Keeping the board-CEO/GM working relationship on an even keel and healthy over the long run is a major challenge. Just the fact that strong-willed people with robust egos have to be melded into enough of a team to do the extremely complex and demanding work of governing a transportation authority is challenging enough, but other factors help to make the board-CEO/GM partnership inherently fragile and prone to erode quickly if not diligently managed. For one thing, the high-pressure atmosphere at the top of a transportation authority, where high-stakes and often tremendously thorny issues are addressed – frequently with intense public scrutiny – tends to fray the board-CEO/GM partnership. And interpersonal dynamics can take a real toll. For example, the members of boards that, like those of transportation authorities, are appointed by third parties, such as the mayor or chair of the county commission, are often more beholden to constituencies than to the board itself and notoriously difficult to meld into a cohesive governing team.
Board-savvy CEOs/GMs well know that they’ve got to take the lead in meeting the board-CEO/GM relationship challenge. It might theoretically be a shared responsibility, but the reality is that being unpaid volunteers who have enough of a challenge mustering the time and energy to do a bang-up governing job, board members can’t be expected to take the lead in managing the working relationship with their CEO/GM. The great majority of board members I’ve worked with over the years have recognized that keeping the board-CEO/GM partnership healthy is a high priority, and they’ve been willing to serve on a committee charged with overseeing the partnership, but they typically expect the CEO/GM to play the role of what I call the Chief Governing Relationship Manager.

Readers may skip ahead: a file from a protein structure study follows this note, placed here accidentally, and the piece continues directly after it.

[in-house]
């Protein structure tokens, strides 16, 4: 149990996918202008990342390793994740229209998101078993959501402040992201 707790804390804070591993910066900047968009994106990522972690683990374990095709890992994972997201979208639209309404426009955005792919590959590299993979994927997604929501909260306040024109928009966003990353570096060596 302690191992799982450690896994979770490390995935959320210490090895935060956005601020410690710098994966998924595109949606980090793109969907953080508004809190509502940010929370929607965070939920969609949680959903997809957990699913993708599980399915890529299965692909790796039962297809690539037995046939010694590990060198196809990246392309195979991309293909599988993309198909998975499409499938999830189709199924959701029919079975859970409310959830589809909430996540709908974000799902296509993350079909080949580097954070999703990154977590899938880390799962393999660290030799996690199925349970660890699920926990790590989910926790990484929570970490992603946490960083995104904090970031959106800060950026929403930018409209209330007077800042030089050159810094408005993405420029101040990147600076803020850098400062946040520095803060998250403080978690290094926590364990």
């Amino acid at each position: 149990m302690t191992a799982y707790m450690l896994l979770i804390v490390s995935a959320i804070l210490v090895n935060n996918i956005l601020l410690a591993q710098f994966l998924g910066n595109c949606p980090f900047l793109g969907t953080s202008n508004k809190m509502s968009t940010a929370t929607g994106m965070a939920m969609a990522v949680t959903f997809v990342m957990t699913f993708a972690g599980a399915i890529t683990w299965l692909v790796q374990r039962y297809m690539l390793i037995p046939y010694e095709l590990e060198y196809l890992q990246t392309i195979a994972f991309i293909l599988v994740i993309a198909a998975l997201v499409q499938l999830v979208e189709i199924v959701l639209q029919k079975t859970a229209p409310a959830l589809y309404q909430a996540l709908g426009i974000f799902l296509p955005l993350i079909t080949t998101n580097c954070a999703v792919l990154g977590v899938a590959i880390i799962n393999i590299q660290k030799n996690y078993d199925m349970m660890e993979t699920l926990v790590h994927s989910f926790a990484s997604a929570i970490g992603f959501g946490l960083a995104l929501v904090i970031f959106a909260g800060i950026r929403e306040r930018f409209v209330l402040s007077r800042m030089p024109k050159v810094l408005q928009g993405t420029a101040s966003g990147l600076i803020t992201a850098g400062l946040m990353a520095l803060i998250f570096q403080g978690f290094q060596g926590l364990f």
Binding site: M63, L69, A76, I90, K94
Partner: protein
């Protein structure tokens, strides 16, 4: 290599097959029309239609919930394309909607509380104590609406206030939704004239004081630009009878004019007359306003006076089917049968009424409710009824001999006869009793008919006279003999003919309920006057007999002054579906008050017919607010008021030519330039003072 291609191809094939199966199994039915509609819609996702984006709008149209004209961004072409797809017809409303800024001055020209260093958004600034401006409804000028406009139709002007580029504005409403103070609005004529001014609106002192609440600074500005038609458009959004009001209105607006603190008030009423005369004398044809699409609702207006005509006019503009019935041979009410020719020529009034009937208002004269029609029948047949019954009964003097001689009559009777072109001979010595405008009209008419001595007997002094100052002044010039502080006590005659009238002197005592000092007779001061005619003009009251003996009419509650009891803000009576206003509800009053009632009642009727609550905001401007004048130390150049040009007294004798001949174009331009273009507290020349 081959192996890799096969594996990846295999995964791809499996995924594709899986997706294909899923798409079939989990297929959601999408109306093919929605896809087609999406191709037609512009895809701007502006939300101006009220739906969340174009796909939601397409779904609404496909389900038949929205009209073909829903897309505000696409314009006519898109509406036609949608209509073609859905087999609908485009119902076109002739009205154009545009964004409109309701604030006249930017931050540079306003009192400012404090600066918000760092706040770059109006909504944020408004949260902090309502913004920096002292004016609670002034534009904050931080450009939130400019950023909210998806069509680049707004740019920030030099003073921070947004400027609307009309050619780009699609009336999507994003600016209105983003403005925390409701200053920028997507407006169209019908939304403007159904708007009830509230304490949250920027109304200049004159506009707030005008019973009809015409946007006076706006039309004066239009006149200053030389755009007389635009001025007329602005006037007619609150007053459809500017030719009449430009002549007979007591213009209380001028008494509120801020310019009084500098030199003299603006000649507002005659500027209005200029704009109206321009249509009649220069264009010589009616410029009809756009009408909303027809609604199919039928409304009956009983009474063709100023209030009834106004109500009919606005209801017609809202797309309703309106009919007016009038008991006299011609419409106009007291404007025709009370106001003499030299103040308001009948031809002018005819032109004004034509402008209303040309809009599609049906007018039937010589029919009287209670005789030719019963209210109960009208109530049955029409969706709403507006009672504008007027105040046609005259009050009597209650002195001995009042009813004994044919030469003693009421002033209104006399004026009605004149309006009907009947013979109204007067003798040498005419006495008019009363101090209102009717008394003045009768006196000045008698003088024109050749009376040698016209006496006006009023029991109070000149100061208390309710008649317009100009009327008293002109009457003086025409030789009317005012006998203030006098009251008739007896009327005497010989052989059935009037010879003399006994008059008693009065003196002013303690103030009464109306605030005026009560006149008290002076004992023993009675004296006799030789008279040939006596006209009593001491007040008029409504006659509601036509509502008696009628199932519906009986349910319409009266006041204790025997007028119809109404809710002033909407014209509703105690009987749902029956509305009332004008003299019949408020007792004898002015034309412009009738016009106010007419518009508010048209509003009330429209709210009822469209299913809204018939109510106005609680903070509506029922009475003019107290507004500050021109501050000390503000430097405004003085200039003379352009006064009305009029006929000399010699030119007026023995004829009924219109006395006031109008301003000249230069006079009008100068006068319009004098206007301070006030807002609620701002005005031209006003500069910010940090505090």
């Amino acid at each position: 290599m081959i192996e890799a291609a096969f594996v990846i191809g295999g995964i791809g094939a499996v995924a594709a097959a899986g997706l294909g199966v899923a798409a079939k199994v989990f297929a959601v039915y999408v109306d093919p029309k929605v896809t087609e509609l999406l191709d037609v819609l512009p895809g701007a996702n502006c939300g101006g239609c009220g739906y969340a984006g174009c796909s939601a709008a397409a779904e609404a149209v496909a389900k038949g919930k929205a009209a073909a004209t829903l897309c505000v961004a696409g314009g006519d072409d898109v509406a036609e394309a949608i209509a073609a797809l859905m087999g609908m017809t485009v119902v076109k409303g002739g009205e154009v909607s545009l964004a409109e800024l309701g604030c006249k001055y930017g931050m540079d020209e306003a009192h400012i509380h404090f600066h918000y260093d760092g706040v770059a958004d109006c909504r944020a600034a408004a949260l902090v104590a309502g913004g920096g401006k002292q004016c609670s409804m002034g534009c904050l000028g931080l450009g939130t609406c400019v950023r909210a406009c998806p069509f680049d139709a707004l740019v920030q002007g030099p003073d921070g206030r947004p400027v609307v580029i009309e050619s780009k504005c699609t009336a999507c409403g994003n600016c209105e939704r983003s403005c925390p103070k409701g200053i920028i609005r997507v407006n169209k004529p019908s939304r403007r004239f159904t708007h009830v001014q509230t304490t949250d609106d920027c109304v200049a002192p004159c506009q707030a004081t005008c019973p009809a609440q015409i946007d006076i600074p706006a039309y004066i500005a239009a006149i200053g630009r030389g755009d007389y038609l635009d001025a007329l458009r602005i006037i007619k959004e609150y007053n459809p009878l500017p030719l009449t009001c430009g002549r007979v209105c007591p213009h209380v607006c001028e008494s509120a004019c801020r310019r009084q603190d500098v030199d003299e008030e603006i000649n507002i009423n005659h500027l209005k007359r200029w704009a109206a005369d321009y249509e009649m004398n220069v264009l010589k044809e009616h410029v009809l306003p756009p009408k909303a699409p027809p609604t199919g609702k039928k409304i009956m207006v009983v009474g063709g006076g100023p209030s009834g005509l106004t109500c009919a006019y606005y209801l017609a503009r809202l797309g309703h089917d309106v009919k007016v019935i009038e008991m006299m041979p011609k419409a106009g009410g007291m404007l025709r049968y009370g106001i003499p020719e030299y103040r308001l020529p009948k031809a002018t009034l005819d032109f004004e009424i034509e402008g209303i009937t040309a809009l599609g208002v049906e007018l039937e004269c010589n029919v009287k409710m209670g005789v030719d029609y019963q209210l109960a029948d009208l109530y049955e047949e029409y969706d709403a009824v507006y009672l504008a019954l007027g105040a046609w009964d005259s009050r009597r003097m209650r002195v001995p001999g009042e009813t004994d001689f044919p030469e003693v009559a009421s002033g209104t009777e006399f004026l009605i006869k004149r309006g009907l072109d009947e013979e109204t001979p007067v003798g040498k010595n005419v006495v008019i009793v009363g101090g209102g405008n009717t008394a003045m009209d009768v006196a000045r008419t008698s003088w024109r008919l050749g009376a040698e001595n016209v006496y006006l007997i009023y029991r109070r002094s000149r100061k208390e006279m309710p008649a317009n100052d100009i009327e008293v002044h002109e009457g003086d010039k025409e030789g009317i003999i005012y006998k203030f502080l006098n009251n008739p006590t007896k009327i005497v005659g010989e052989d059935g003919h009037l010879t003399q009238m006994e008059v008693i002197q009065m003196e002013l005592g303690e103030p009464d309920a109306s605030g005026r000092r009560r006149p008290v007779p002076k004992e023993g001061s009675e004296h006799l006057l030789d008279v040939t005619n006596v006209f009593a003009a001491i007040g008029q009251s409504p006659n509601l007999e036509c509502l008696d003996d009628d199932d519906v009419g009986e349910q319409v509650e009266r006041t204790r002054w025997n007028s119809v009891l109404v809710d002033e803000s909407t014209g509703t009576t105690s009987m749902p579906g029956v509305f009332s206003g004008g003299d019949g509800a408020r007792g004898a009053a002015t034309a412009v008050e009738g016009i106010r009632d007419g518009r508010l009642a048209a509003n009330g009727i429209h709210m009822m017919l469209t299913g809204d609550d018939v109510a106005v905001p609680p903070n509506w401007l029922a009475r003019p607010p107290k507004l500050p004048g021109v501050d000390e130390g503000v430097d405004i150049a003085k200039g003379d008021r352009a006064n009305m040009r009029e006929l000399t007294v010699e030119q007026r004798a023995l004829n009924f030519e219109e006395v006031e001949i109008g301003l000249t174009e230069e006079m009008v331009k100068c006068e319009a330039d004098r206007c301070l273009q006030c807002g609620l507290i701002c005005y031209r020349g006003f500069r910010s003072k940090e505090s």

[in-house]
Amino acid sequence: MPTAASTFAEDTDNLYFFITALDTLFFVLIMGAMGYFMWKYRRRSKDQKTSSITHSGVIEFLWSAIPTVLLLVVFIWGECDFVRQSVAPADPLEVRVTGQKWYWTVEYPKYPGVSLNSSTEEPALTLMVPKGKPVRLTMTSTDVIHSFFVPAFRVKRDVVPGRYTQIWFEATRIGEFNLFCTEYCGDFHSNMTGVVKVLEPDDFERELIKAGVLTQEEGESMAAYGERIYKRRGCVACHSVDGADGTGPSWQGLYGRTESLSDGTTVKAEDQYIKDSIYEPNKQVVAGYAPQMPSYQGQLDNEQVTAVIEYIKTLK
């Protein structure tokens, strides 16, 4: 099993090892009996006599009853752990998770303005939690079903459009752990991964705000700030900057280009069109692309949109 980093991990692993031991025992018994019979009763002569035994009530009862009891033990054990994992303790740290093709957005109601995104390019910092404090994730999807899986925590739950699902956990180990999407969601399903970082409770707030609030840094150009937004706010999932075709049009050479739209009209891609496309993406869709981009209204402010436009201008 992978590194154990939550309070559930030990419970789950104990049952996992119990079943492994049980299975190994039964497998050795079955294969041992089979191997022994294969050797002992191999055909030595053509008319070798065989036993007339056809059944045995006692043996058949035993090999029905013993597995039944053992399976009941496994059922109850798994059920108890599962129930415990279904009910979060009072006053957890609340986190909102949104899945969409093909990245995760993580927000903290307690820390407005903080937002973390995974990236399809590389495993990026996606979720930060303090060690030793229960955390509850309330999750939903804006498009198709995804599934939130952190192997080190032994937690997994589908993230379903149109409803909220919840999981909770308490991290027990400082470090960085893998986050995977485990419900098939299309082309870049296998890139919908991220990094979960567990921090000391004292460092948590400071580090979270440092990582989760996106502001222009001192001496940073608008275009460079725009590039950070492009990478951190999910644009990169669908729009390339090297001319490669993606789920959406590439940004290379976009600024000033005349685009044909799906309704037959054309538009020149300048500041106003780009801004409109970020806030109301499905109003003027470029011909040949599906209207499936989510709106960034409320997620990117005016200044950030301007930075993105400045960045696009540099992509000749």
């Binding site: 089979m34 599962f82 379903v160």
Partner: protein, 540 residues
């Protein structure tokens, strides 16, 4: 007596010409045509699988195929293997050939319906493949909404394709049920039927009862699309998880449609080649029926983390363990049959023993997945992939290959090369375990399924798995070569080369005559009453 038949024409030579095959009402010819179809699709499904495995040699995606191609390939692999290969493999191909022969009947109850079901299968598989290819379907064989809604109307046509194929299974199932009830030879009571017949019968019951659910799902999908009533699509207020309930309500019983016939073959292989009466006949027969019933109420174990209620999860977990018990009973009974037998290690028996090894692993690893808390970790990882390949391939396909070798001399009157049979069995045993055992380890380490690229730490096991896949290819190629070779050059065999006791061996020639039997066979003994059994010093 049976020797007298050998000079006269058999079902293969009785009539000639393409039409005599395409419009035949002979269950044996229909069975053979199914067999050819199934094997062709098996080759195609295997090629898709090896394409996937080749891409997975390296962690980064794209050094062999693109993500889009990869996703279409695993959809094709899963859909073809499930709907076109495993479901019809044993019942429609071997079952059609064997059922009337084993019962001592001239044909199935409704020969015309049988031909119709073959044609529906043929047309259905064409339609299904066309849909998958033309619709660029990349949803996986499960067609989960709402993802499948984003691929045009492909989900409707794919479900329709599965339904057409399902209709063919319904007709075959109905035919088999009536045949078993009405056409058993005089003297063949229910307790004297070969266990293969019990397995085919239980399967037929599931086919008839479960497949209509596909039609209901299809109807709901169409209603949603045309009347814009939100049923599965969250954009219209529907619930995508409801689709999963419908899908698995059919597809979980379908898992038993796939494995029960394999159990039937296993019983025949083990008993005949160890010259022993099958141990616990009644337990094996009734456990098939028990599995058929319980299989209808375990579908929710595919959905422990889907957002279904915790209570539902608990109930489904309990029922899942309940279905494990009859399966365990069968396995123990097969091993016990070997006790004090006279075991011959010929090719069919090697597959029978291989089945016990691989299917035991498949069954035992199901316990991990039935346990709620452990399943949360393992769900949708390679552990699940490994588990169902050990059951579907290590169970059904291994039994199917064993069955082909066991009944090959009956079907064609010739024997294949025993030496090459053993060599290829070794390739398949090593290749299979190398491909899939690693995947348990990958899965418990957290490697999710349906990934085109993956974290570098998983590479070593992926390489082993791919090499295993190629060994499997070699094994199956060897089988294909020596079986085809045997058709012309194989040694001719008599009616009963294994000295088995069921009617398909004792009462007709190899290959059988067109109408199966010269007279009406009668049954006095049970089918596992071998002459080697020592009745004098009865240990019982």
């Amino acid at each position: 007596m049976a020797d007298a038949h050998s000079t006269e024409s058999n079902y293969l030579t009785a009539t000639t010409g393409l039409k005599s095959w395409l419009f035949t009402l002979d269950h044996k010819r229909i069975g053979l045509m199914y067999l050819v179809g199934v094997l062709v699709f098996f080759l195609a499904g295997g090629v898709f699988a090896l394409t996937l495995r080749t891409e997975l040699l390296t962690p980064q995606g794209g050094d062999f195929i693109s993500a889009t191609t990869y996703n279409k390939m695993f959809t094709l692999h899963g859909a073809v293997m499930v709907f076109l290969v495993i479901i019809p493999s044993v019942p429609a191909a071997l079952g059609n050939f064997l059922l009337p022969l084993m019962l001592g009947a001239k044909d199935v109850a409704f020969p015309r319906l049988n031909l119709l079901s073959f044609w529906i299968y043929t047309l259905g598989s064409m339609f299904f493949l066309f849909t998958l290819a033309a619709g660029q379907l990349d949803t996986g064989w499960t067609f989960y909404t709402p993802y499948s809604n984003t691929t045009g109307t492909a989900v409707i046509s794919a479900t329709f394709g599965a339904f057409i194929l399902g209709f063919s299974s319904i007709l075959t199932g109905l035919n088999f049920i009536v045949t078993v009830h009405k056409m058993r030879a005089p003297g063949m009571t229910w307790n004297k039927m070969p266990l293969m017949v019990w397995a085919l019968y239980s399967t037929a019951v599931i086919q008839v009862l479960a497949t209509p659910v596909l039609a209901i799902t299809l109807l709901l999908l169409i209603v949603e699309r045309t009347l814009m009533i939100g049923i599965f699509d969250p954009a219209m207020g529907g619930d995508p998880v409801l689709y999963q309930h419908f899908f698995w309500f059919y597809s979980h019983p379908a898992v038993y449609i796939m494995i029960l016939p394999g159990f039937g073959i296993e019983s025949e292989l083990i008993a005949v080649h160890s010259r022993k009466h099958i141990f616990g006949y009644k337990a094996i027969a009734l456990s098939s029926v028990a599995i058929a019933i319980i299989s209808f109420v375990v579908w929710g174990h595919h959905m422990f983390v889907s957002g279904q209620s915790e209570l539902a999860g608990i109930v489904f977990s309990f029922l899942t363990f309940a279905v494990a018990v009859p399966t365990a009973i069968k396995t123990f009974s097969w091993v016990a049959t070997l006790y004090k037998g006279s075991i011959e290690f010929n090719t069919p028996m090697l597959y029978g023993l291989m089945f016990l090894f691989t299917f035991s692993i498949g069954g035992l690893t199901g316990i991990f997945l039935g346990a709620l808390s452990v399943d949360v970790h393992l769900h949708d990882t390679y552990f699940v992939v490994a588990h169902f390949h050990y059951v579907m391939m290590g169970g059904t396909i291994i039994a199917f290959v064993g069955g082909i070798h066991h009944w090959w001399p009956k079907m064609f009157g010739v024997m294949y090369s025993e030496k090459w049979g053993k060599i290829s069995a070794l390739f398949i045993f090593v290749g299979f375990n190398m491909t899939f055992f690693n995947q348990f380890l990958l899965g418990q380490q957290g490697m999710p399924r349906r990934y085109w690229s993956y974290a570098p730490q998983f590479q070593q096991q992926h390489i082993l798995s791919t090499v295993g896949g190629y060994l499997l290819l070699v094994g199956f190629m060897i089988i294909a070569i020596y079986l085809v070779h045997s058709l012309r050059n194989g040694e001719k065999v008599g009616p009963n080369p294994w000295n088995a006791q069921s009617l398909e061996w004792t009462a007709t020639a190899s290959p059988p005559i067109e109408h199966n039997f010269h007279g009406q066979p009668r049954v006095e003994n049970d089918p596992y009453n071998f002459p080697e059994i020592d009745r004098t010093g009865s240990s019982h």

To be sure, the average transportation board member would probably lose some sleep over a souring relationship, knowing that it would negatively impact both governance and organizational performance. But they’d expect the CEO/GM to take the lead in figuring out exactly what the relationship problems are and to take the initiative in fixing them, and they’d be highly unlikely to blame themselves for a failed relationship. As board-savvy CEOs/GMs well know, it’s the CEO/GM who inevitably takes the blame for relationship problems, and if the board-CEO/GM partnership breaks down completely, the board will fire the CEO/GM, not itself.
Our next post at www.boardsavvytransitceo.com will feature a podcast by two really board-savvy CEOs/GMs, STA’s Susan Meyer and DART’s Gary Thomas, talking about board-CEO/GM communication and interaction guidelines as a key component of relationship building.